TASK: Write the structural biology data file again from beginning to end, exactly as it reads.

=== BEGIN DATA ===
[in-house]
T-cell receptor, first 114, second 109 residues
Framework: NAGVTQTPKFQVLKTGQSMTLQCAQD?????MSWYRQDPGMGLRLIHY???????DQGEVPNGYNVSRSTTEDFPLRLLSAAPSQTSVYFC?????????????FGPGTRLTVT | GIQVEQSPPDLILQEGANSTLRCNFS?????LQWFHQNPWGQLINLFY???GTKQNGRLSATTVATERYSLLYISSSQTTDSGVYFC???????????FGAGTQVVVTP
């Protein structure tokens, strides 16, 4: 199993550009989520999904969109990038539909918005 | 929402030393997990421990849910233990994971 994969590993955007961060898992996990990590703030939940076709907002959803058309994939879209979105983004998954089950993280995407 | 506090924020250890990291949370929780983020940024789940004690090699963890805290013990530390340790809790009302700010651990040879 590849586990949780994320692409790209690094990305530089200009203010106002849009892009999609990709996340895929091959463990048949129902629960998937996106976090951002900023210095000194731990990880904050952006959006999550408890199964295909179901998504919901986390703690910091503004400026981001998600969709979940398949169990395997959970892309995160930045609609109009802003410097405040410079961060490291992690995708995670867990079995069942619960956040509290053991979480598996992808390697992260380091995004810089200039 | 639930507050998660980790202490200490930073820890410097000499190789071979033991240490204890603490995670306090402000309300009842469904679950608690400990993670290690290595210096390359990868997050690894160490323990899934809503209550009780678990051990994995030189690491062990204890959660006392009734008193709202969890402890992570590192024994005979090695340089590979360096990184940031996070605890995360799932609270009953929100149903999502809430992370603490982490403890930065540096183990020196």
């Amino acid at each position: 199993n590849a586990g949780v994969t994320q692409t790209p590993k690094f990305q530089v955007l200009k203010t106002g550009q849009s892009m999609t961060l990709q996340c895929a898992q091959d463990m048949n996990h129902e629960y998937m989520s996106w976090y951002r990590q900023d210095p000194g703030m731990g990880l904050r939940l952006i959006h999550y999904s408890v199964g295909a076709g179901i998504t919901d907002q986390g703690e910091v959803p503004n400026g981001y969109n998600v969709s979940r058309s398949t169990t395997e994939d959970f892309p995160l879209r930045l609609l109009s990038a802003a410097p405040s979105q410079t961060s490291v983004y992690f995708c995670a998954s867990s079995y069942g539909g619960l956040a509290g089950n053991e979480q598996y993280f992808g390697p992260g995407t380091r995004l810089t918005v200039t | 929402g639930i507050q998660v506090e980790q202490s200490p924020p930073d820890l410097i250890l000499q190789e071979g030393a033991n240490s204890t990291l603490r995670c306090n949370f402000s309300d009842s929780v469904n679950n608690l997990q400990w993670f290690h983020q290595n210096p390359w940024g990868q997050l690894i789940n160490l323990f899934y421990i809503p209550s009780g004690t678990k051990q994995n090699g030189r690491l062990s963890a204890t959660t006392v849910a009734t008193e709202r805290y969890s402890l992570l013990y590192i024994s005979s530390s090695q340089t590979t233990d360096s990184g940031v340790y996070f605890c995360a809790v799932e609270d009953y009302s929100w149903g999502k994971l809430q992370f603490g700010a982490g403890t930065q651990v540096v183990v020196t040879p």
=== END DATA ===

[in-house]
T-cell receptor, first 114, second 109 residues
Framework: NAGVTQTPKFQVLKTGQSMTLQCAQD?????MSWYRQDPGMGLRLIHY???????DQGEVPNGYNVSRSTTEDFPLRLLSAAPSQTSVYFC?????????????FGPGTRLTVT | GIQVEQSPPDLILQEGANSTLRCNFS?????LQWFHQNPWGQLINLFY???GTKQNGRLSATTVATERYSLLYISSSQTTDSGVYFC???????????FGAGTQVVVTP
């Protein structure tokens, strides 16, 4: 199993550009989520999904969109990038539909918005 | 929402030393997990421990849910233990994971 994969590993955007961060898992996990990590703030939940076709907002959803058309994939879209979105983004998954089950993280995407 | 506090924020250890990291949370929780983020940024789940004690090699963890805290013990530390340790809790009302700010651990040879 590849586990949780994320692409790209690094990305530089200009203010106002849009892009999609990709996340895929091959463990048949129902629960998937996106976090951002900023210095000194731990990880904050952006959006999550408890199964295909179901998504919901986390703690910091503004400026981001998600969709979940398949169990395997959970892309995160930045609609109009802003410097405040410079961060490291992690995708995670867990079995069942619960956040509290053991979480598996992808390697992260380091995004810089200039 | 639930507050998660980790202490200490930073820890410097000499190789071979033991240490204890603490995670306090402000309300009842469904679950608690400990993670290690290595210096390359990868997050690894160490323990899934809503209550009780678990051990994995030189690491062990204890959660006392009734008193709202969890402890992570590192024994005979090695340089590979360096990184940031996070605890995360799932609270009953929100149903999502809430992370603490982490403890930065540096183990020196």
């Amino acid at each position: 199993n590849a586990g949780v994969t994320q692409t790209p590993k690094f990305q530089v955007l200009k203010t106002g550009q849009s892009m999609t961060l990709q996340c895929a898992q091959d463990m048949n996990h129902e629960y998937m989520s996106w976090y951002r990590q900023d210095p000194g703030m731990g990880l904050r939940l952006i959006h999550y999904s408890v199964g295909a076709g179901i998504t919901d907002q986390g703690e910091v959803p503004n400026g981001y969109n998600v969709s979940r058309s398949t169990t395997e994939d959970f892309p995160l879209r930045l609609l109009s990038a802003a410097p405040s979105q410079t961060s490291v983004y992690f995708c995670a998954s867990s079995y069942g539909g619960l956040a509290g089950n053991e979480q598996y993280f992808g390697p992260g995407t380091r995004l810089t918005v200039t | 929402g639930i507050q998660v506090e980790q202490s200490p924020p930073d820890l410097i250890l000499q190789e071979g030393a033991n240490s204890t990291l603490r995670c306090n949370f402000s309300d009842s929780v469904n679950n608690l997990q400990w993670f290690h983020q290595n210096p390359w940024g990868q997050l690894i789940n160490l323990f899934y421990i809503p209550s009780g004690t678990k051990q994995n090699g030189r690491l062990s963890a204890t959660t006392v849910a009734t008193e709202r805290y969890s402890l992570l013990y590192i024994s005979s530390s090695q340089t590979t233990d360096s990184g940031v340790y996070f605890c995360a809790v799932e609270d009953y009302s929100w149903g999502k994971l809430q992370f603490g700010a982490g403890t930065q651990v540096v183990v020196t040879p």